Learn Python the Hard Way — Exercise 1

Exercise 1 is titled “A Good First Program.” This exercise begins by assuming you’ve successfully installed Python and downloaded a text editor in order to embark upon your coding journey. Given those prerequisites, Exercise 1 looks something like this:

1 print "Hello World!"
2 print "Hello Again"
3 print "I like typing this."
4 print "This is fun."
5 print 'Yay! Printing.'
6 print "I'd much rather you 'not'."
7 print 'I "said" do not touch this.'

Pretty basic exercise. Just printing a bunch of lines to be read. The key thing I got out of this exercise was learning the procedure for setting up and running these programs. I’ve been using Windows for all of my Python learning, so this entailed using Powershell to run these programs. You might be making the same mistakes I made at first when trying to get these things to run, so here’s a few things to consider:

  1. Did you run Python upon first opening Powershell?
  2. Did you properly set up a directory where you will save your programs?
  3. Did you change to that directory in Powershell?
  4. Did you type “python ex1.py” into the terminal?

These mistakes will stop you from even getting started, regardless of if you typed your code correctly or not, so ensure you’ve set yourself up correctly. The book details how to read and troubleshoot code errors, so I’ll leave that to the reader to sort out. One thing to note, as Shaw does, is make sure you’re literally typing “print” at the beginning of each line. Otherwise you just have a mess of words that don’t do anything.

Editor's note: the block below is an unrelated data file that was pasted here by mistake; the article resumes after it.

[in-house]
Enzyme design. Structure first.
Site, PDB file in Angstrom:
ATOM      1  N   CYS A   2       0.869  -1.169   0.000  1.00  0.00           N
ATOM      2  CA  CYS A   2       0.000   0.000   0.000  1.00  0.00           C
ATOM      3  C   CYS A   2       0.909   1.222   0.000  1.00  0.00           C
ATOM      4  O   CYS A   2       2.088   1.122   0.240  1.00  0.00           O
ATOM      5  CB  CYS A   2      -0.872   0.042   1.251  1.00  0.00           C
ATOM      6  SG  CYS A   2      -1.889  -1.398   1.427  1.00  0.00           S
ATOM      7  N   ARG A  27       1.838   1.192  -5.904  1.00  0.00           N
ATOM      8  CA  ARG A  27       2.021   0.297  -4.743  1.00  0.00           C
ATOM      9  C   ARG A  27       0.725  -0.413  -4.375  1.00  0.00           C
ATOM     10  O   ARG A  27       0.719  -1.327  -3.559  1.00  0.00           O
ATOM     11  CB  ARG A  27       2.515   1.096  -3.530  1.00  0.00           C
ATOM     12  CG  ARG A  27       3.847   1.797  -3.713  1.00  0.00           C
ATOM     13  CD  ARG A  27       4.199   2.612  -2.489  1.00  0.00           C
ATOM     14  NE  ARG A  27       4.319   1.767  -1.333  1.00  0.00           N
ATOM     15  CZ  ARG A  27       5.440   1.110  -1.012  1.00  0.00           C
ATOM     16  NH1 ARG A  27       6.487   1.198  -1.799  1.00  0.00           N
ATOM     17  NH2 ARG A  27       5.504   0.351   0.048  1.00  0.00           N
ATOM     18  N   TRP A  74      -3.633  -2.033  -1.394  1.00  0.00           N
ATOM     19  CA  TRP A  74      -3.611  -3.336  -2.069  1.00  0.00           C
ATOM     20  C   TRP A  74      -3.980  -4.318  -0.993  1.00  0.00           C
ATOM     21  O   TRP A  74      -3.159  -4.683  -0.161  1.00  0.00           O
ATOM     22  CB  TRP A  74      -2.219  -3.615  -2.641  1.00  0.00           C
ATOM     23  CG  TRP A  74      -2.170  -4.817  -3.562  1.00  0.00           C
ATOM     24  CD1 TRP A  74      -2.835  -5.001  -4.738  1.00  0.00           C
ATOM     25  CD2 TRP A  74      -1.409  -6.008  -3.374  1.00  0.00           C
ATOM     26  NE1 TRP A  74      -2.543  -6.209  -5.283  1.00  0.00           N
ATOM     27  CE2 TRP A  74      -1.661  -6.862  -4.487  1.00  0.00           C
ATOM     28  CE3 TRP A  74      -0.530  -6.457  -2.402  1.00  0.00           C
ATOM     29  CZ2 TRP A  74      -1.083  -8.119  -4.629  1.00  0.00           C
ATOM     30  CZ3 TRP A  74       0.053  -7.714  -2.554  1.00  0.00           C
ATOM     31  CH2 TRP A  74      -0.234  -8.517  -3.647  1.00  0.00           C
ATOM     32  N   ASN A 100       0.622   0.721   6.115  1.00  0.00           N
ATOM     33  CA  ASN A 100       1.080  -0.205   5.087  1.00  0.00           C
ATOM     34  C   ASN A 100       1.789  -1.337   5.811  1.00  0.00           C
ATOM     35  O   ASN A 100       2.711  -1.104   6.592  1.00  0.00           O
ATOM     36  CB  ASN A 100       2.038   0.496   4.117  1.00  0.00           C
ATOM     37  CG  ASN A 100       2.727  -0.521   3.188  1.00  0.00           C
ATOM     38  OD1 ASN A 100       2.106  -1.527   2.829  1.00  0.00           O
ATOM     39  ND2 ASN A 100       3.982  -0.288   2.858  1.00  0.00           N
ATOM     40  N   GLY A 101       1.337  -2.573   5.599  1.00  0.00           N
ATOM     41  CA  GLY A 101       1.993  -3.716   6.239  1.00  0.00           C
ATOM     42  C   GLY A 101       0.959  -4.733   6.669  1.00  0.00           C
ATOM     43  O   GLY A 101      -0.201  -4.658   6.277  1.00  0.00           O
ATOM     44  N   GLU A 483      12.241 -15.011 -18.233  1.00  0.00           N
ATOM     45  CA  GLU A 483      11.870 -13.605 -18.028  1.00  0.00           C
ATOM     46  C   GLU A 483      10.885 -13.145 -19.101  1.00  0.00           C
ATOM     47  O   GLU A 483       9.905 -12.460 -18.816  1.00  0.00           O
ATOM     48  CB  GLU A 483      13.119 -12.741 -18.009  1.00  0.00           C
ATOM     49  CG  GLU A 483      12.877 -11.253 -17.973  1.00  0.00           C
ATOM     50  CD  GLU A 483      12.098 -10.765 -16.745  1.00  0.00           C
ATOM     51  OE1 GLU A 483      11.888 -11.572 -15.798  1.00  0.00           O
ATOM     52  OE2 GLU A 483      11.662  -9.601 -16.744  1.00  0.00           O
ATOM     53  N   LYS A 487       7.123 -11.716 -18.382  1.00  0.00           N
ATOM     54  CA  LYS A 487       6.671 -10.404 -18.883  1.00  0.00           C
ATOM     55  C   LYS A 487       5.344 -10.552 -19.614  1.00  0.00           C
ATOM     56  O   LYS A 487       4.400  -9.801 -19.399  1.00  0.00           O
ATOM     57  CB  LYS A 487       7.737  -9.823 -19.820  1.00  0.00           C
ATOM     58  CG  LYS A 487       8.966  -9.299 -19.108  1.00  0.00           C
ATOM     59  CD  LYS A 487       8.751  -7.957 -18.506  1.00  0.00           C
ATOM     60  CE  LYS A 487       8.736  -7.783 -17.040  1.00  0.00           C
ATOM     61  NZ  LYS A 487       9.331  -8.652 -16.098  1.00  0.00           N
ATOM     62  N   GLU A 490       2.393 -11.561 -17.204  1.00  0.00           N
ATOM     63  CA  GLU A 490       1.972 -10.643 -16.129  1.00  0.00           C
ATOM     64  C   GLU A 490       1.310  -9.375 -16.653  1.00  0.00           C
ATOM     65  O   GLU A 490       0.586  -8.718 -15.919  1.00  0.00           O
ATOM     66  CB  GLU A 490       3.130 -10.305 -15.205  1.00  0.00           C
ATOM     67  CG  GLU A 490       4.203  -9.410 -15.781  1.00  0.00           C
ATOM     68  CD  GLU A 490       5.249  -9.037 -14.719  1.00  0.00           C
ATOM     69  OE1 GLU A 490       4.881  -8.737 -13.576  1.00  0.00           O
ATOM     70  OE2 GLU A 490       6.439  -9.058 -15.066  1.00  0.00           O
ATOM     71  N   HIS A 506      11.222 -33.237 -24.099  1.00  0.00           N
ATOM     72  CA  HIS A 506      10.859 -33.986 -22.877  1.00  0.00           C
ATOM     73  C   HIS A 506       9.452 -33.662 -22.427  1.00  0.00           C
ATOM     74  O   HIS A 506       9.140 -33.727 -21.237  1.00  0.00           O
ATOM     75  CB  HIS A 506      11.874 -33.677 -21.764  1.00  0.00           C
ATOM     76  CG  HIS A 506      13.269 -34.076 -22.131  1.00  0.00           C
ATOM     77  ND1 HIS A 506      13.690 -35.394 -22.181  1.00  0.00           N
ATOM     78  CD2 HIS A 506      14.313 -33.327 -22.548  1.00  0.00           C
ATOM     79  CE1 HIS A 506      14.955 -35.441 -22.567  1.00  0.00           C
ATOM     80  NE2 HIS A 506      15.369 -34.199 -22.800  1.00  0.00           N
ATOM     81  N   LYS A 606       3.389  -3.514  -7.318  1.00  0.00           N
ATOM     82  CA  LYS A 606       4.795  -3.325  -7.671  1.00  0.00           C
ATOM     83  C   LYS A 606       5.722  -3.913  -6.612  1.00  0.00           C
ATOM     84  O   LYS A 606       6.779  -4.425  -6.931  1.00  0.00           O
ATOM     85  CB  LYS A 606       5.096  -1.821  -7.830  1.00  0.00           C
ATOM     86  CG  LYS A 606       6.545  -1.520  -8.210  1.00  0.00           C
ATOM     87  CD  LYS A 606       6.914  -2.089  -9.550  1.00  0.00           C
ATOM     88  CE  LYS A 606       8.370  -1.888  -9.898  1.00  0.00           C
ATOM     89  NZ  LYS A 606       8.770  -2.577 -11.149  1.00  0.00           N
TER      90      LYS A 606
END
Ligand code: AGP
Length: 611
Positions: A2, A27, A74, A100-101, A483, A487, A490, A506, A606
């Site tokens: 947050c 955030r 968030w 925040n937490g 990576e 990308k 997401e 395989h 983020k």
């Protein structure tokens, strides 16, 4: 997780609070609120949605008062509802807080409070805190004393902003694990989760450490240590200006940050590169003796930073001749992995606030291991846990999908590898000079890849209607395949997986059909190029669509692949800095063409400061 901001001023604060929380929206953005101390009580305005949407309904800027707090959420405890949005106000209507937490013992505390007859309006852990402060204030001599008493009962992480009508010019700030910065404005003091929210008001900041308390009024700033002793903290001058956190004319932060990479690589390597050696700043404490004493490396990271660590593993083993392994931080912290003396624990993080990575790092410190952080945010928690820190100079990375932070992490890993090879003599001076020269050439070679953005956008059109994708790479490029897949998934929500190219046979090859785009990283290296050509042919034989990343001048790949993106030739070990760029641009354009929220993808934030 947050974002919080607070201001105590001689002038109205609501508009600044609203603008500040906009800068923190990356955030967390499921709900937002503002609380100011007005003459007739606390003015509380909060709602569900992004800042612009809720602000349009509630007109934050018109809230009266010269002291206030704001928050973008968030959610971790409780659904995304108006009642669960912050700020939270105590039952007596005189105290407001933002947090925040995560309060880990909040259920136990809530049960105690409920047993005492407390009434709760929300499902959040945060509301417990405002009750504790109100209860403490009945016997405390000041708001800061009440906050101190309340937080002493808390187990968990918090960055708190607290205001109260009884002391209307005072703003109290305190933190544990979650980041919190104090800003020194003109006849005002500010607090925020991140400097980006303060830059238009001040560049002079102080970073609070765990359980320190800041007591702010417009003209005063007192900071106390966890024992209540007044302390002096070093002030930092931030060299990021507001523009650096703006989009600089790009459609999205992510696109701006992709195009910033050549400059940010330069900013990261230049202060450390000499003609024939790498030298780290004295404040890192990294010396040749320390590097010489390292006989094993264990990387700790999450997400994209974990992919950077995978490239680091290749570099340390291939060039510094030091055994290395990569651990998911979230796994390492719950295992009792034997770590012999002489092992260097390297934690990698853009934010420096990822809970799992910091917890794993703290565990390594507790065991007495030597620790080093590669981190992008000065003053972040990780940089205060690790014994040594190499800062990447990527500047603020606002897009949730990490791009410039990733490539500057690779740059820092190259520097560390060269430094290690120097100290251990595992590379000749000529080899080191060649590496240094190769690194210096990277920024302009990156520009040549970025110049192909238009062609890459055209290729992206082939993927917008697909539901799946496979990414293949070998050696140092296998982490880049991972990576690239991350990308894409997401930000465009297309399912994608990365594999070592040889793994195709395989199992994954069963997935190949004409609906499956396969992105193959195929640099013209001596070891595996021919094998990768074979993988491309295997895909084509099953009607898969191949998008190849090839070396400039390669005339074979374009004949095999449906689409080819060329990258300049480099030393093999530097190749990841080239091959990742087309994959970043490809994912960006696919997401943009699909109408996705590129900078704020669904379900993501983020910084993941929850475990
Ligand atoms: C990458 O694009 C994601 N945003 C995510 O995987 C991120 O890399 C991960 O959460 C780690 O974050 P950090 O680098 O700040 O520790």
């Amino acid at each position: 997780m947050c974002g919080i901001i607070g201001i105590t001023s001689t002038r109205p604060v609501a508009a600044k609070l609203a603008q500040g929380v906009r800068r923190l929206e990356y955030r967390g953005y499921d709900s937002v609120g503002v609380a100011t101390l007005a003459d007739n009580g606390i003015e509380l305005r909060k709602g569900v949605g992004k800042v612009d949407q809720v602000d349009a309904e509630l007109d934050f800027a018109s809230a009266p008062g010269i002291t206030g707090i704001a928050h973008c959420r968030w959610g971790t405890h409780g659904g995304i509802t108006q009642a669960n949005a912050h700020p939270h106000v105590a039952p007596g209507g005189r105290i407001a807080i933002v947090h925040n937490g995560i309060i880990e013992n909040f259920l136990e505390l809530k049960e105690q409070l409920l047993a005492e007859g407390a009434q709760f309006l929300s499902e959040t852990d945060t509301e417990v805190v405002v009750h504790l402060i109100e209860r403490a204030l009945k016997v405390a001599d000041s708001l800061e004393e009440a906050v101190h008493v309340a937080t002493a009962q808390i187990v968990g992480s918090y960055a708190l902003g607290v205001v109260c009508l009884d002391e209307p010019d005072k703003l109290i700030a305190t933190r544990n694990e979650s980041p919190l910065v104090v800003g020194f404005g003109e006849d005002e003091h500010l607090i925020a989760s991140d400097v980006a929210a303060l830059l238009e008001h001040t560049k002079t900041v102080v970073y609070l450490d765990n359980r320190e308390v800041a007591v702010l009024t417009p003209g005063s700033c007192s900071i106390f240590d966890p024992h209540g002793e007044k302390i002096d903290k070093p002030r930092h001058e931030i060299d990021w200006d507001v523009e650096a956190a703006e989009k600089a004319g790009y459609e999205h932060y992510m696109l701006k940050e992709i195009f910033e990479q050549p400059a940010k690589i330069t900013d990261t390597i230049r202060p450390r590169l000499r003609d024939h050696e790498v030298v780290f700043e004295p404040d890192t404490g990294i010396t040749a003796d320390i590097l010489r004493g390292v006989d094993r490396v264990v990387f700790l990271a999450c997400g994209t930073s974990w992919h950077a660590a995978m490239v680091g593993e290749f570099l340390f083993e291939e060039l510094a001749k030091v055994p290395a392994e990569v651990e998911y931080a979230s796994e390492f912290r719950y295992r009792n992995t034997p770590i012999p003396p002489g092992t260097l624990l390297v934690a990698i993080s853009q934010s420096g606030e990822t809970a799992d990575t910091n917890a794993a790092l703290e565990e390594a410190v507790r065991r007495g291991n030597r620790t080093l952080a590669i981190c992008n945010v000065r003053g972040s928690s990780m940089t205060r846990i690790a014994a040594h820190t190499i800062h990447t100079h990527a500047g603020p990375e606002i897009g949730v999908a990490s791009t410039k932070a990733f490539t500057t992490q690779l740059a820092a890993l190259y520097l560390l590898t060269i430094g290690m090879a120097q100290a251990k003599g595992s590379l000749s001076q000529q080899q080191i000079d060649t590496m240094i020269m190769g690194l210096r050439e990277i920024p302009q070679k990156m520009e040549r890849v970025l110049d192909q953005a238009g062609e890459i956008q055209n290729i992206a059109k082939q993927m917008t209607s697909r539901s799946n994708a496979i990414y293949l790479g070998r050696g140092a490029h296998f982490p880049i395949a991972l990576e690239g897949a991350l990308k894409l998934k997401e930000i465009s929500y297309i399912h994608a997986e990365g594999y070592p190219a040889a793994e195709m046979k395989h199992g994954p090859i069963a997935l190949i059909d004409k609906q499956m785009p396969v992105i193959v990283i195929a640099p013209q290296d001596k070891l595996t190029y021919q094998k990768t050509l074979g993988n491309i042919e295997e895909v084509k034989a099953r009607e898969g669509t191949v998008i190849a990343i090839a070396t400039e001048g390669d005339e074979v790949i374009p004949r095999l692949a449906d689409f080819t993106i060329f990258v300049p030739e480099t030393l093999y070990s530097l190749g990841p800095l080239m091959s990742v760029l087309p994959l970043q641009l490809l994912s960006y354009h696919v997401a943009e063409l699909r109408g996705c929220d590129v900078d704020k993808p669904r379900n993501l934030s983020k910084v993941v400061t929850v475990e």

Shaw encourages these additional exercises as Study Drills for Exercise 1:

  1. Make your script print another line.
  2. Make your script print only one of the lines.
  3. Put a “#” (octothorpe) character at the beginning of a line. What did it do? Try to find out what this character does.

For part 1, all that needs to be done is simply type another line beginning with “print” per the rest of your lines, and make whatever statement you wish.

8 print "Coding is so much fun."

Parts 2 and 3 are related, and you will see the connection as soon as you find out what the “#” character does. I’ll wait…

OK, you’ve probably figured out that it is used for commenting, or adding literal descriptions into your code. Type the hash, type your words, boom. Comment made. However, it can also be used to “disable” code by turning it into a “comment.” From this, you can see all that is necessary to instruct your program to print just one line of the code is to “comment out” all of the rest. And thus, Exercise 1 and the Study Drills have been completed. Hooray! What a great first step, right?